August 2, 2011
by Bernard Appiah, SciDevNet
Cutting the shoot tips of the tops of cotton plants may control key pests and potentially reduce cotton farmers' dependence on insecticides, according to a study by researchers from Mali.
The researchers say the practice — called topping — is already known to improve yields but the effect on pests in Sub-Saharan Africa have not been previously studied.
Cotton is mainly grown by poor small-scale farmers in Sub-Saharan Africa, where millions depend on it for their livelihood, according to researchers.
A combination of the high cost of insecticides and emerging pest resistance have motivated researchers to look at topping — which had been shown to reduce pest levels in a handful of studies in China, Egypt, and India — to examine its potential for pest control in Africa.
They therefore looked at infestation levels of three bollworm species, cotton's main pests in Sub-Saharan Africa, which account for significant seed cotton yield losses, in topped versus non-topped fields.
The researchers conducted 12 trials comparing manual topping and non-topping cotton plots in Mali over a six-year period beginning in 2002.
The results, published online in Crop Protection last month (2 July), showed that bollworm infestations were always lower on topped cotton and seven out of 12 trials had significantly lowered infestations on topped cotton.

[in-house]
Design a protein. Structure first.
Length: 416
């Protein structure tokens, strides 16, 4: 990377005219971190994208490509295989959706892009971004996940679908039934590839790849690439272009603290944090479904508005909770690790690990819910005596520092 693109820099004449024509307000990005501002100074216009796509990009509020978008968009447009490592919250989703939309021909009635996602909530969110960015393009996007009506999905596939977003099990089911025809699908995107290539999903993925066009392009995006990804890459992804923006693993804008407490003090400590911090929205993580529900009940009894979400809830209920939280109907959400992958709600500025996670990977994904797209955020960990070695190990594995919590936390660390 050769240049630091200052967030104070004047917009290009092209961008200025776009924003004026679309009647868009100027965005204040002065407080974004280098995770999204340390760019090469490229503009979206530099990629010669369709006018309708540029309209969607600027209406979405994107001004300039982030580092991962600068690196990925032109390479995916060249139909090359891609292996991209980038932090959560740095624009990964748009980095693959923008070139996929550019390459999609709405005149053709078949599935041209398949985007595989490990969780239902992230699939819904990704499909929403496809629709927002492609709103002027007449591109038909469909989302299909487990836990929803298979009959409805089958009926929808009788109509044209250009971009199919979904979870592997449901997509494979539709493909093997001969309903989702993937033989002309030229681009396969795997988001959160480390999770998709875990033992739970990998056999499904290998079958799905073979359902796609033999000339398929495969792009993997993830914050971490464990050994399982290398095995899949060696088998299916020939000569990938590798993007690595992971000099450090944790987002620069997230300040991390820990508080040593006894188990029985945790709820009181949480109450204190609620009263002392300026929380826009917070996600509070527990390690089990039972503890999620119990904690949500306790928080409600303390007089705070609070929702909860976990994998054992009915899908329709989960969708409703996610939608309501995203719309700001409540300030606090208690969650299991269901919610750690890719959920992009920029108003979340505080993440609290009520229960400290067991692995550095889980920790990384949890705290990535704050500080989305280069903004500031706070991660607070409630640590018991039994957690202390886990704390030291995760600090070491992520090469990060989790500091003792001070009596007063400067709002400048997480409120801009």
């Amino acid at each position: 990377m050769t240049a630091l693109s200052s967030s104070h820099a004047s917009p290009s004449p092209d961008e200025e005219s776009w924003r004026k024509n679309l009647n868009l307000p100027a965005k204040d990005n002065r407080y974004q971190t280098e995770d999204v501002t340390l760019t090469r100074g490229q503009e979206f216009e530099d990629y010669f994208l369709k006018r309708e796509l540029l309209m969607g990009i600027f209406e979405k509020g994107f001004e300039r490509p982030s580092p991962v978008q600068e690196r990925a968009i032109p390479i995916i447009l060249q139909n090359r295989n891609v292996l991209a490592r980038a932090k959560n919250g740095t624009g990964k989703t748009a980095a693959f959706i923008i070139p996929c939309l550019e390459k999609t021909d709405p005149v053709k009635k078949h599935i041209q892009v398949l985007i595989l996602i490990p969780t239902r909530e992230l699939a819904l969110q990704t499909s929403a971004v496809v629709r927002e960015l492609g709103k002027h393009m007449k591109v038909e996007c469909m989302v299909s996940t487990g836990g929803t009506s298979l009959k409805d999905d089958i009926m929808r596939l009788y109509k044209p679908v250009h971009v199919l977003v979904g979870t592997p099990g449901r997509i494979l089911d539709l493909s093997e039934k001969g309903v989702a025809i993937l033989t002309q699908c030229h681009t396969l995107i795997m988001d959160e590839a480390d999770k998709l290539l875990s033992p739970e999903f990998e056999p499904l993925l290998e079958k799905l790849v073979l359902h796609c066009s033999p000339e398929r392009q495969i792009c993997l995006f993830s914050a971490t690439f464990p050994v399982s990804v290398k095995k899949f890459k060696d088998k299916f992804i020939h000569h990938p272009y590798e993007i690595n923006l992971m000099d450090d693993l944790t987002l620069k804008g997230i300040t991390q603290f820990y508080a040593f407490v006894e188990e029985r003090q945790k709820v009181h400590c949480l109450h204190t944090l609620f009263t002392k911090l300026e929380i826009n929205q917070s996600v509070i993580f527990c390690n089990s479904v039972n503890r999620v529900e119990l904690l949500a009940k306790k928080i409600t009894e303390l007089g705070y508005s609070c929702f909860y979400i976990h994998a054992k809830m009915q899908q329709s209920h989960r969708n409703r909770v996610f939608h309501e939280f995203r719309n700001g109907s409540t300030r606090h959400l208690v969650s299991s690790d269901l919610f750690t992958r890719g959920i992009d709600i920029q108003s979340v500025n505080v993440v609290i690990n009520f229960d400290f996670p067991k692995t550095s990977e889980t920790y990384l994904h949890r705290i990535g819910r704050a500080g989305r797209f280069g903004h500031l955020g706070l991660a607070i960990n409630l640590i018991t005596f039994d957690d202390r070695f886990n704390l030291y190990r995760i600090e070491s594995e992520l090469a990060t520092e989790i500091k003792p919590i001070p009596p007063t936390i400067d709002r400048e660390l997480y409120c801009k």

Researchers recorded an average of 56 per cent fewer H. armigera larvae, 68 per cent fewer Earias spp. larvae, and 71 per cent fewer D. watersi, and the reduction in infestation was the greatest in years when the pests were the most numerous.
"We were amazed to see that non-topped cotton plants in plots near the topped plants also had reduced bollworm infestations," said Mamoutou Togola, co-author of the research and an entomologist at Mali's Institute of Rural Economy.
They did not investigate why topping reduces pest numbers, or whether it could save money by significantly reducing insecticide use — both topics left for future research.
But, according to Togola, topping may be relevant to African countries whose economies largely depend on cotton, such as Benin, Burkina Faso, Chad and Mali where about 10 million people depend on cotton farming.
Rafiq Chaudhry, head of technical information at the International Cotton Advisory Committee, in United States, said many cotton-producing countries, such as Argentina, India and Pakistan, do not employ topping, although it "may control some pests".
"We always recommend that insecticides be used minimally and other non-chemical control practices be encouraged," Chaudhry said.
Ibrahim Sourabié, the country coordinator of the West African Cotton Improvement Program in Burkina Faso, said that cotton farmers there use genetically modified Bt cotton or oil extracted from the seeds of neem tree to control pests. But, he added, topping could help conventional cotton farmers control bollworm infestations.
Link to article abstract in Crop Protection